Australia: Australian High Court Rules On Enforcing Foreign Judgments Against A Foreign State

Last Updated: 14 December 2015
Article by Matthew Pokarier and Edward Burrell

A recent High Court of Australia decision considers the unique circumstances in which a foreign State is entitled to relief from a foreign judgment made against it. A foreign judgment made against a State is capable of being registered and enforced in Australia, but before an applicant is entitled to get its hands on State assets the Court will scrutinise how the State uses those assets to determine whether relief can be granted on the basis that they are immune from execution.

On 2 December 2015 the High Court of Australia dismissed an appeal by Firebird Global Master Fund II Ltd (Firebird).  Firebird unsuccessfully argued that a foreign judgment against the Republic of Nauru (Nauru) should not have been set aside on the basis of State immunity.

Despite the fact that the registration of a foreign judgment against a State would ordinarily be immune from jurisdiction of the courts of Australia, the High Court held that in this instance the commercial transaction exception applied to restrict Nauru's immunity.  This meant that Firebird was able to register its judgment.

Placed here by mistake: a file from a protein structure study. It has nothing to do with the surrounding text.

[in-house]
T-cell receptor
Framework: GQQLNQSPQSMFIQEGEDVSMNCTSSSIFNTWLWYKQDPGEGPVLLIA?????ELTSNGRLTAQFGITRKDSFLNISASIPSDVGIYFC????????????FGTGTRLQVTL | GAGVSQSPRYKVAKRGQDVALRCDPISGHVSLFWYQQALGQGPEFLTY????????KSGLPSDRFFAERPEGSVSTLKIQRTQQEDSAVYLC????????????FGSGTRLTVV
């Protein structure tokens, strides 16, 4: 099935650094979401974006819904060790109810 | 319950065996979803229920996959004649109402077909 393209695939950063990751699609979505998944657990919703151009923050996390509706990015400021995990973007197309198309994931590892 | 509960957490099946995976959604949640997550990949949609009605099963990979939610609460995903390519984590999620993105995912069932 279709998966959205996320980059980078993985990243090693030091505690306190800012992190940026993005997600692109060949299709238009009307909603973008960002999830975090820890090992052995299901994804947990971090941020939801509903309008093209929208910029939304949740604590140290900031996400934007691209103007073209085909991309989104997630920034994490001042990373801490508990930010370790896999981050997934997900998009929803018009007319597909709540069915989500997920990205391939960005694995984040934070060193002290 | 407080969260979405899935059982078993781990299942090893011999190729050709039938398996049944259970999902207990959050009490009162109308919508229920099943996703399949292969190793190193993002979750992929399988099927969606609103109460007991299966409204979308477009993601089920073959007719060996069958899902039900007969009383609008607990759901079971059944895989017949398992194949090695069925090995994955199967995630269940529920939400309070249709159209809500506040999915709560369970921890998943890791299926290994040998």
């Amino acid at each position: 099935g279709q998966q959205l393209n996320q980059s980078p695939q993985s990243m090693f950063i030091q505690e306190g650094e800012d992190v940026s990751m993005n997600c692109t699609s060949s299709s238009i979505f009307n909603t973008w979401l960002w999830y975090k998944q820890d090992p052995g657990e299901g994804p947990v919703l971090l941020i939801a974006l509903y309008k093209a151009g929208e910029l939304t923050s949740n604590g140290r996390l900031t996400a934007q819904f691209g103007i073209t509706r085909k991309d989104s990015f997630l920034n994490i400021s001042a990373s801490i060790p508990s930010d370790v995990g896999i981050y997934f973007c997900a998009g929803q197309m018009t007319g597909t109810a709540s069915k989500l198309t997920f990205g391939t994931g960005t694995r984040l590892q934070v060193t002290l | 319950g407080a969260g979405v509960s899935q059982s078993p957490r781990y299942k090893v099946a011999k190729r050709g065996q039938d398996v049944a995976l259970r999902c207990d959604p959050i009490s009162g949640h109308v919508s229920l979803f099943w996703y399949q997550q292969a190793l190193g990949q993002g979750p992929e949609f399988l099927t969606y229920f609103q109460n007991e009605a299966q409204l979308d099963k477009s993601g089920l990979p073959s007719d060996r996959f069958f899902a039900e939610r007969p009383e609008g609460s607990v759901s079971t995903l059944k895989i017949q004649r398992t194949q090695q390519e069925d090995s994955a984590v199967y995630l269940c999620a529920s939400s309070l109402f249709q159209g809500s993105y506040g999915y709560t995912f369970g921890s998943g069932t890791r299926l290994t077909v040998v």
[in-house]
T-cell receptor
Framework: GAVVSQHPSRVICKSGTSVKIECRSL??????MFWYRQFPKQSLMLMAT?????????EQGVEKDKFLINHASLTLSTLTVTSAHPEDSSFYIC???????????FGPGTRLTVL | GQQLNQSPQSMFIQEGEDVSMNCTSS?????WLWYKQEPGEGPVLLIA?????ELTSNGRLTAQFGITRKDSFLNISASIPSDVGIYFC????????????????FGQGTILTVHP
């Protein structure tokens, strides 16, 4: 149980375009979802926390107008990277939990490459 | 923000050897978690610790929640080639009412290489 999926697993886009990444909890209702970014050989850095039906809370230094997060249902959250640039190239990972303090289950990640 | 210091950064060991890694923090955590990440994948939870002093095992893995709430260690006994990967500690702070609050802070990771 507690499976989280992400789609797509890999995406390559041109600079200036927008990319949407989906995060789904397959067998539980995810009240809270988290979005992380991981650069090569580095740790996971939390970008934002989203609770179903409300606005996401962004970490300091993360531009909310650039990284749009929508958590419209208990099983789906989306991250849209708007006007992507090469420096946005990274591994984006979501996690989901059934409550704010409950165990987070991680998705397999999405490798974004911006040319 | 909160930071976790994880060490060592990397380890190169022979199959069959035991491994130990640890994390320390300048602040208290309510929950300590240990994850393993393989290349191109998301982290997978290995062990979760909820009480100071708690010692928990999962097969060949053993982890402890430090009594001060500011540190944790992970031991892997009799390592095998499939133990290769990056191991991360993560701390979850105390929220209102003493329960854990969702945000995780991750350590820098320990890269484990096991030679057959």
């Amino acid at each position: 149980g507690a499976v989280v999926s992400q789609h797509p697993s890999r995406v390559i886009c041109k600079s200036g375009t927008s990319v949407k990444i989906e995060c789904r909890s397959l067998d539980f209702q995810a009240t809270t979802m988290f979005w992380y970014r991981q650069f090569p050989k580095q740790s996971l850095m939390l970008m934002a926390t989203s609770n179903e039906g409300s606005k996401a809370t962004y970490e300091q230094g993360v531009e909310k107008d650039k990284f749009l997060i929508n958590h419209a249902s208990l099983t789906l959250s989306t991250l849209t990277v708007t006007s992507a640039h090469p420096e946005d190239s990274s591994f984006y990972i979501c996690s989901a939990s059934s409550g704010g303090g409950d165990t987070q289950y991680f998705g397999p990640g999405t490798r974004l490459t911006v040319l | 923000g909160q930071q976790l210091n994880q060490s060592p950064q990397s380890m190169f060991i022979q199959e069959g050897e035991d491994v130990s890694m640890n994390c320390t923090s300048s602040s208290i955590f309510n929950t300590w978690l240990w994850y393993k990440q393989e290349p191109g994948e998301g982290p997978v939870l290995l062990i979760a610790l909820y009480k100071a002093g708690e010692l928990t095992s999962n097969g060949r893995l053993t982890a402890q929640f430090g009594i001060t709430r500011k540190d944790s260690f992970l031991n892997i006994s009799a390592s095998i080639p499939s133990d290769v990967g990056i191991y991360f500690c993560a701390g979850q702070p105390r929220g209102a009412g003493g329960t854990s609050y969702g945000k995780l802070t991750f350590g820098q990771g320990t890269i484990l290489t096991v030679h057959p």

However that was a pyrrhic victory for Firebird because Nauru was found to be immune when it came to execution of the judgment; Nauru's assets were not deemed to fall within the commercial property exception to the general immunity against enforcement.

The decision provides some clarity on the interaction between the Foreign States Immunities Act 1985 (Cth) (Immunities Act), which provides immunity to foreign States and their assets from proceedings in Australian courts, and the Foreign Judgments Act 1991 (Cth) (Foreign Judgments Act), which provides for the registration and setting aside of foreign judgments.  More broadly it highlights the need to consider the ability and utility of enforcing judgments against foreign States in Australia.